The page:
I was sort of lying when I said that the introductions were over last episode. This episode immediately introduces another character, so to an extent, I said something false. That being the case, while Athena is introduced this episode, the focus is entirely on fleshing out and developing Alice as a character, primarily using ideas that come from her debut episode. Athena is a fully realized character, and one with a good amount of personality, some of which is introduced here, but her primary role in this episode is to serve as a tool in Alice’s development, and I think she does a very good job at that.
As we saw in her first episode, Alice is not the best in social situations. She often has a hard time talking to people, and understanding how others are thinking can be hard for her. It’s also important to remember that she’s incredibly young. Alice is only a 14 year old, and because of that she’s not as used to the world and others as the rest of the undines are.
We see this pretty obviously in her weird ideas surrounding her left hand. She sees it as useless since she’s right-handed, and “punishes” it accordingly. Little things like this add to the themes, but they also add to her character. They make her deadpan silliness more funny, and they feel like something a younger person could conceivably do.
As we go on, we learn that Alice sees Athena in a similar light to her left hand. Athena is incredibly clumsy, and because of how Alice works she sees that clumsiness as a representation of Athena’s totality. Basically, she fails to see the many mature, stable ways in which Athena acts, entirely because she’s absent-minded. Failing to understand and communicate with others is Alice’s biggest flaw, and it shows up quite obviously here. Just as she was unable to believe that Akari’s smile was genuine until it was proven, Alice has a hard time believing Athena is competent at anything when she fails all the time.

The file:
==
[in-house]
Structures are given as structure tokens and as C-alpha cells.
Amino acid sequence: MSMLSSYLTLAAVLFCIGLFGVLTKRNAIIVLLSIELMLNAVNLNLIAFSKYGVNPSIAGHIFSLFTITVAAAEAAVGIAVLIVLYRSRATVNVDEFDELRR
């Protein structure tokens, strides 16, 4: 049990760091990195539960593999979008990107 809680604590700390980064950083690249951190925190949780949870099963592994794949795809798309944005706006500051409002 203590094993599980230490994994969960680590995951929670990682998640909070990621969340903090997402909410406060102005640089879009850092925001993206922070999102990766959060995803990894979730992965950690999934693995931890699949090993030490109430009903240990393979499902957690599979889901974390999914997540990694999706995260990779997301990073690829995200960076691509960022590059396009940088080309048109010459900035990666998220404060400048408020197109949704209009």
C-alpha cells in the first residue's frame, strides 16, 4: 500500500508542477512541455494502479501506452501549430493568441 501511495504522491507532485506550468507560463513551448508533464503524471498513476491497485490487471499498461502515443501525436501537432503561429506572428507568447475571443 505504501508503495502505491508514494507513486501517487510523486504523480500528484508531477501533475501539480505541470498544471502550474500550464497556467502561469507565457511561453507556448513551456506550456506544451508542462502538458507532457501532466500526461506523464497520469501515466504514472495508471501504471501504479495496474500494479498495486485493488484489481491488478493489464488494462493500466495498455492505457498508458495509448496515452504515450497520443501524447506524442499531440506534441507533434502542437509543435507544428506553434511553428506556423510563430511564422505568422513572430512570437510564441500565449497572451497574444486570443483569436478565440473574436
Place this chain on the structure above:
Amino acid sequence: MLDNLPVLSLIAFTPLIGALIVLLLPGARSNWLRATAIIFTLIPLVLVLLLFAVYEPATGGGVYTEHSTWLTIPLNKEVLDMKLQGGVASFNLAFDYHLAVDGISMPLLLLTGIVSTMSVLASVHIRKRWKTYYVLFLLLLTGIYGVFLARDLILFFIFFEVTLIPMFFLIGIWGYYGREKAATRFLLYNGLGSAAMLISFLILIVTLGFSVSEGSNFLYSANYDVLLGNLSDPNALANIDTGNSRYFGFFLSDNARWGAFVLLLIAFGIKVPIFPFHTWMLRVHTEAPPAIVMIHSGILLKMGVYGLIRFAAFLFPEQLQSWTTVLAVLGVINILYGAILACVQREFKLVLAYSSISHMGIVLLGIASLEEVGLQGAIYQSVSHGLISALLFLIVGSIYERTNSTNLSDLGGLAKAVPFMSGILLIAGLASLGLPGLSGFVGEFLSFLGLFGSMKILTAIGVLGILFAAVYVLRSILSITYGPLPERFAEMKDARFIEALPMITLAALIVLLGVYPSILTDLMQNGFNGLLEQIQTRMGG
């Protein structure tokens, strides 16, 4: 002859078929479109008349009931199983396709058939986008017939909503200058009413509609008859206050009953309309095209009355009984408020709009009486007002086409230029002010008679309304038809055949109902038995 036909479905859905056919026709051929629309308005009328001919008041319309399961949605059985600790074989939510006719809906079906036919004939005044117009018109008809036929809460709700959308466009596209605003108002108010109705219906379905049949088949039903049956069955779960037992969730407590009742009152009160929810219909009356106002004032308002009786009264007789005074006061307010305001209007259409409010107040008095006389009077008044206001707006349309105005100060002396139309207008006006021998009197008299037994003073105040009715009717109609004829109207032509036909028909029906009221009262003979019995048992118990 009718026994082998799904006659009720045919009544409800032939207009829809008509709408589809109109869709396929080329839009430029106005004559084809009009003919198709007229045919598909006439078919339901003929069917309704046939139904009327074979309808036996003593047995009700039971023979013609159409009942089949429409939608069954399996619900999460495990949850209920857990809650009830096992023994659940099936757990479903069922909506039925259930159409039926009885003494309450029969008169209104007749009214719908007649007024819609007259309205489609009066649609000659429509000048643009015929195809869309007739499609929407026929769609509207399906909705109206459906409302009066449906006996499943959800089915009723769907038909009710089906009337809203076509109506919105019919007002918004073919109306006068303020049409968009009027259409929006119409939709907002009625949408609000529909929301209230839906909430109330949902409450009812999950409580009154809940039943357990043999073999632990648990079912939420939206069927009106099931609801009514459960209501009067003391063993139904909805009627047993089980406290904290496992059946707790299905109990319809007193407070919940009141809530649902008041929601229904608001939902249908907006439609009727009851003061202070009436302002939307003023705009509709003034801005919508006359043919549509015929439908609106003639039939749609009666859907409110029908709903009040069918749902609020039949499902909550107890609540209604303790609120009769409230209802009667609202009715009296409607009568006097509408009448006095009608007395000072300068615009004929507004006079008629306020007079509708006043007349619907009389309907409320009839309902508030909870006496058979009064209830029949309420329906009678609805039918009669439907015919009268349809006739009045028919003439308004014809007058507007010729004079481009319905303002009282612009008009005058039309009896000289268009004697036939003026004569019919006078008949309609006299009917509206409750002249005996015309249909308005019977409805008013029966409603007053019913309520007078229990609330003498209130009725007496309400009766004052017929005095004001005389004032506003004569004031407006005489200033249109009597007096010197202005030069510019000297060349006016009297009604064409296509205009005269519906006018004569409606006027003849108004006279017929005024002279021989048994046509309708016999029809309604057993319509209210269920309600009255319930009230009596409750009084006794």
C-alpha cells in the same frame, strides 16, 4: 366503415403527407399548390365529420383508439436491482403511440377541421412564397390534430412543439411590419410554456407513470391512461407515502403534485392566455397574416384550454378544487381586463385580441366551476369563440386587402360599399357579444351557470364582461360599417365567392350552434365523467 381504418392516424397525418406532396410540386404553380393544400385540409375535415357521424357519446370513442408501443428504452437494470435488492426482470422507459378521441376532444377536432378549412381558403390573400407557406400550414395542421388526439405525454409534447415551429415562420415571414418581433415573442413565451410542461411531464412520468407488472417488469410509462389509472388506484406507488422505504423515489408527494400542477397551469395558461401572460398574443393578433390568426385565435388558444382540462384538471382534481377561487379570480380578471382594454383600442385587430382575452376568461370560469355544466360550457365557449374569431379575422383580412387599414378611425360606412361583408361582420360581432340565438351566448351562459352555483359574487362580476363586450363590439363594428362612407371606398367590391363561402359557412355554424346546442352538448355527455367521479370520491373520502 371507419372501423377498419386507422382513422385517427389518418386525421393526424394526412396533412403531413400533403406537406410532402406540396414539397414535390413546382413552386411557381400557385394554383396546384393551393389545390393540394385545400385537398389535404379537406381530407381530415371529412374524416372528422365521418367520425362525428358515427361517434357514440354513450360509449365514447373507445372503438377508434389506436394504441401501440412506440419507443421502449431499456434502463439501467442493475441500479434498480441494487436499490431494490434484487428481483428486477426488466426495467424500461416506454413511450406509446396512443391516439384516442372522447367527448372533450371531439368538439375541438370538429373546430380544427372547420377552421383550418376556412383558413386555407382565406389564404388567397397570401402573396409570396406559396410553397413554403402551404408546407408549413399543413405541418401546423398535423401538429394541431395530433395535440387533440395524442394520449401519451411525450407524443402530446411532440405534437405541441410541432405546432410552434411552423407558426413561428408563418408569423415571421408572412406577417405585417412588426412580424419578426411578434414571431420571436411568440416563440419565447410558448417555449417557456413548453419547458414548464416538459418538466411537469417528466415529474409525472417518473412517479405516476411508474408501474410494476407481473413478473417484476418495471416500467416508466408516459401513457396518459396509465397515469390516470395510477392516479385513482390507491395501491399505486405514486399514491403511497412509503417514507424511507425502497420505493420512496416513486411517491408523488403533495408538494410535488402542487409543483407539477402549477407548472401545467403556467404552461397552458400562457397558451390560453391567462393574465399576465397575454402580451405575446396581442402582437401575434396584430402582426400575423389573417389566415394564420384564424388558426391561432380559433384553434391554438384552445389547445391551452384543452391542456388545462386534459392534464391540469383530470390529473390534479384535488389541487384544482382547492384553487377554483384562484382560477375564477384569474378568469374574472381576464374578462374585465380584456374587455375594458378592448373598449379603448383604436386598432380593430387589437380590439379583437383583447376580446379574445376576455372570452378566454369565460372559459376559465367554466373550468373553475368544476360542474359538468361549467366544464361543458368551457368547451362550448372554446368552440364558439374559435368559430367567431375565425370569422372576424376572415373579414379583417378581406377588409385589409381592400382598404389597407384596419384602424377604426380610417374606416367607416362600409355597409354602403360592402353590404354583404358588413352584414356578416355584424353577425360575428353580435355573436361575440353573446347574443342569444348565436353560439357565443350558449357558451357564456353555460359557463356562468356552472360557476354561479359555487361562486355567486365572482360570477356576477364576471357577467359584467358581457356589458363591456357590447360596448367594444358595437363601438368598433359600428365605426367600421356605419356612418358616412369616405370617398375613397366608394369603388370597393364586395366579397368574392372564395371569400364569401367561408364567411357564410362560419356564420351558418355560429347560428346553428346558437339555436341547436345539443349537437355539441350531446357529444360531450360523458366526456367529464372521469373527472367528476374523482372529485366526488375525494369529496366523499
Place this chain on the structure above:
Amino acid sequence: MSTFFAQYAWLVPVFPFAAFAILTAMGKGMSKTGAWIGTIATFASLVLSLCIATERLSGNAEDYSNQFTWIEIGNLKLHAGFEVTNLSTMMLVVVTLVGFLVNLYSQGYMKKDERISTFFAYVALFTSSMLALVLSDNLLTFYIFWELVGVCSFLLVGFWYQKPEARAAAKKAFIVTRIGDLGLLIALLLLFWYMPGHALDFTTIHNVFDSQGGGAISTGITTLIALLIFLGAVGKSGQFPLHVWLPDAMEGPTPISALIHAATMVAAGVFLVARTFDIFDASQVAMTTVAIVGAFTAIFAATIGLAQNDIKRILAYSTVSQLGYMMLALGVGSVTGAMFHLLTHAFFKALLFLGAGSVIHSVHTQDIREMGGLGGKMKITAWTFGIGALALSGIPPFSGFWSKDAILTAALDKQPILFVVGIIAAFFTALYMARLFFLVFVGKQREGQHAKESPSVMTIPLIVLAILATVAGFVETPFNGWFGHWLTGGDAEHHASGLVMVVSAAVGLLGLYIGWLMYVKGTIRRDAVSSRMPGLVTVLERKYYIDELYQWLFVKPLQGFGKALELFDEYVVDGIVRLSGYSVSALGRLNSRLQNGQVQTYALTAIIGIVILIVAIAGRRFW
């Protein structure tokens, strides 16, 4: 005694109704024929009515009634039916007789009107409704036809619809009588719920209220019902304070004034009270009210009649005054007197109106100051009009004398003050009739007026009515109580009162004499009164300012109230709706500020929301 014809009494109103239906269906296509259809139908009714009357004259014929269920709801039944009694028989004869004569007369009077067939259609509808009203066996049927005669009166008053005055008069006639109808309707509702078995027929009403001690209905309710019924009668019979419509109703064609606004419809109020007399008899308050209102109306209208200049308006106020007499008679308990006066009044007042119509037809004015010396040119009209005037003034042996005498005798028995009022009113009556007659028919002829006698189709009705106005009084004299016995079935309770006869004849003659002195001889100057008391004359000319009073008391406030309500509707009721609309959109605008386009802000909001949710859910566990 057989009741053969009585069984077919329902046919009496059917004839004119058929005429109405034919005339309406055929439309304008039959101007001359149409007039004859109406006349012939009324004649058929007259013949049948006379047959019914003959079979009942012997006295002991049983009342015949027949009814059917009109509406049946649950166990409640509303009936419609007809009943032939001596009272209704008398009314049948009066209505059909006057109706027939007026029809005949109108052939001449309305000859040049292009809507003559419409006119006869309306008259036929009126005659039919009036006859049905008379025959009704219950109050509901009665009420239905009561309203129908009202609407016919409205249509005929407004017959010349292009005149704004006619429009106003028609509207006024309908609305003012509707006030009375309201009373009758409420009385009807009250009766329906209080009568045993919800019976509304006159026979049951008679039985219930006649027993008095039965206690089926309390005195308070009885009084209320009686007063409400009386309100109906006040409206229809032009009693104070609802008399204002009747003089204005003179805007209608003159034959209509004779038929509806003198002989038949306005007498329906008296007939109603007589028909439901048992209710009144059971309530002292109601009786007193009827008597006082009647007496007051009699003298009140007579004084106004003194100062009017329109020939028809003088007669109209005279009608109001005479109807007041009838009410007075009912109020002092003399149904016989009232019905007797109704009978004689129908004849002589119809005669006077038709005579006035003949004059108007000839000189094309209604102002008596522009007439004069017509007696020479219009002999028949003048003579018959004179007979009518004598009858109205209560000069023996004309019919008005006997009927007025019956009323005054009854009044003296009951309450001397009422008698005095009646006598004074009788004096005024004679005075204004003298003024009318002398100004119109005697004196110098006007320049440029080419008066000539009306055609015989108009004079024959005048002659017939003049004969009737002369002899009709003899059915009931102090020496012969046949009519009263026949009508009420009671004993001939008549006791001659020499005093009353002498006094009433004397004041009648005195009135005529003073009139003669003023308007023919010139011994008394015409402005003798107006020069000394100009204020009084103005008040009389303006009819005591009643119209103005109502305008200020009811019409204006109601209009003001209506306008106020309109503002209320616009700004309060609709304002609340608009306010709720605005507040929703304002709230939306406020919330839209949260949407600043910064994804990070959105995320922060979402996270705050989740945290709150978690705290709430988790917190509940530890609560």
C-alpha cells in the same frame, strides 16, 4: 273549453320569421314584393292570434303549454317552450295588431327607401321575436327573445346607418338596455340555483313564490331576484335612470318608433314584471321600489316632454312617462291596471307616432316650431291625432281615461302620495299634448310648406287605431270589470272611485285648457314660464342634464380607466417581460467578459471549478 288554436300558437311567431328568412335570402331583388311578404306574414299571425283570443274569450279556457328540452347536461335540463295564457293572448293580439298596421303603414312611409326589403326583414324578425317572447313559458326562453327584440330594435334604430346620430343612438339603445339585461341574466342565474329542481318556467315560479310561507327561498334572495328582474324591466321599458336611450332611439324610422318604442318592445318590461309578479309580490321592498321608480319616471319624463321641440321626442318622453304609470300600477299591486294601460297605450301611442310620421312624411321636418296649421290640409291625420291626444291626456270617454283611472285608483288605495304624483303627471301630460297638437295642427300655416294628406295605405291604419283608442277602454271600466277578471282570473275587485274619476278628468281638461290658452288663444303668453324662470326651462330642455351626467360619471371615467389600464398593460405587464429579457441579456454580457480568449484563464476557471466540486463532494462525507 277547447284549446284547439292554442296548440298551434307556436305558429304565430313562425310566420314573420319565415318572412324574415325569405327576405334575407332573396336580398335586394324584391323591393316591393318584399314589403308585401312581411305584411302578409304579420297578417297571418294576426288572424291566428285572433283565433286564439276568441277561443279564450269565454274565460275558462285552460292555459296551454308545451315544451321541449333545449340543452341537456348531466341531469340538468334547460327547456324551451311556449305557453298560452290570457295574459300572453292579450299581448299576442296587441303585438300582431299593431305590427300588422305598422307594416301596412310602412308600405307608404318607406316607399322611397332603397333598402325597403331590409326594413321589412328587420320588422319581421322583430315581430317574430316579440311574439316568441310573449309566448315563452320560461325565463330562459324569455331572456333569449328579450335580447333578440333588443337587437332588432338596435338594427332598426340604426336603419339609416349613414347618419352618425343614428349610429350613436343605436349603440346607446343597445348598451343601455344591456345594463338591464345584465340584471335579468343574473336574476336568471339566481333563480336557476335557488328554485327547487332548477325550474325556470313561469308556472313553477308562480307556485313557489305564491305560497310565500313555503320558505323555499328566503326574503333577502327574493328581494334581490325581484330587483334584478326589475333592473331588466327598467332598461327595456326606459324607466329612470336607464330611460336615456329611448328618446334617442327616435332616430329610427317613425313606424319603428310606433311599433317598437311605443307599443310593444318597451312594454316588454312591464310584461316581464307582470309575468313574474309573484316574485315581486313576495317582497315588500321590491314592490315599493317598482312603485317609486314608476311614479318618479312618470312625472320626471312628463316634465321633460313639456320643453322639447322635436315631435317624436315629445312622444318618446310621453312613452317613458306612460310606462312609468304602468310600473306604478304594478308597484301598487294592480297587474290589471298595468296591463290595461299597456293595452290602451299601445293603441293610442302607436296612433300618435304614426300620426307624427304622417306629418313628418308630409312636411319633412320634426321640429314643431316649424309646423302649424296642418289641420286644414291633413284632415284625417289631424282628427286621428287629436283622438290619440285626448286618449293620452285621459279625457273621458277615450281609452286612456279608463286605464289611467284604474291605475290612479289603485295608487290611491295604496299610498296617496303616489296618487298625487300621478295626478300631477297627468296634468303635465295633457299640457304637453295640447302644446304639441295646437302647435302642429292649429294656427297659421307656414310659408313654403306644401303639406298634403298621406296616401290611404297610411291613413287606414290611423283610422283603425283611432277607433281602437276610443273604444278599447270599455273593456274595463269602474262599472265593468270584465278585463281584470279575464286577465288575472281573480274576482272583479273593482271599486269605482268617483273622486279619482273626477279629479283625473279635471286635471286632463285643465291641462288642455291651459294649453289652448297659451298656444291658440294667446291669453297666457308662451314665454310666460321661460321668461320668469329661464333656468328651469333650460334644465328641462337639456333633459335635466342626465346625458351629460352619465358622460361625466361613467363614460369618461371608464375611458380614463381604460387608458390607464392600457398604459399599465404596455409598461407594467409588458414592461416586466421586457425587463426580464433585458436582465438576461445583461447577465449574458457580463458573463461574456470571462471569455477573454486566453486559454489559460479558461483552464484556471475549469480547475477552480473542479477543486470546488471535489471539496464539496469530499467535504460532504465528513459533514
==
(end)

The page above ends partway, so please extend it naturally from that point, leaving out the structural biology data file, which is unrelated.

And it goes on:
Of course, as we see, Athena very much is competent, and she cares a lot about Alice. While Alice is looking down on things that aren’t immediately useful to her, Athena is backing her up when necessary, protecting her cat, and singing her to sleep. Akari quickly realizes this, because she has no trouble understanding others, especially not when it comes to kindness or love.
Eventually, after Akari hints that Athena may be more intentional in her actions than she believes, Alice examines the her position on her left hand. In comparing Athena to her left hand, she realizes that if she can prove that her left hand is useful, Athena must be as well. She tries to act as if she doesn’t need it, carrying on with a childish stubbornness, but ultimately it’s clear that she does, and at this point she realizes that Athena was supporting her from the very start.
As her cat goes missing, Alice runs off to search for it. She briefly doubts Athena, as her newfound faith in her hasn’t yet solidified, but as she quickly finds out, Athena is there to help as well. She sings in order to lure the cat(Maa-kun), into the open. It’s here that Alice comes to terms with the idea that she’s relied on Athena the whole time. In yet another emotional moment — as far as I remember, the end of literally every episode is emotional — Alice finally thanks Athena for what she’s done.
If I were to boil this episode’s theme down to one word, it would be reliance. This is an episode about the numerous people who support you even if you don’t think about it. It’s an episode which is there primarily to encourage respecting and thanking those who help you. For Alice this a major episode, as she becomes slightly more socially open alongside becoming closer with Athena and moving a step forward towards valuing everything like Akari. Valuing that which supports you is only a first step, but it’s a step worth taking.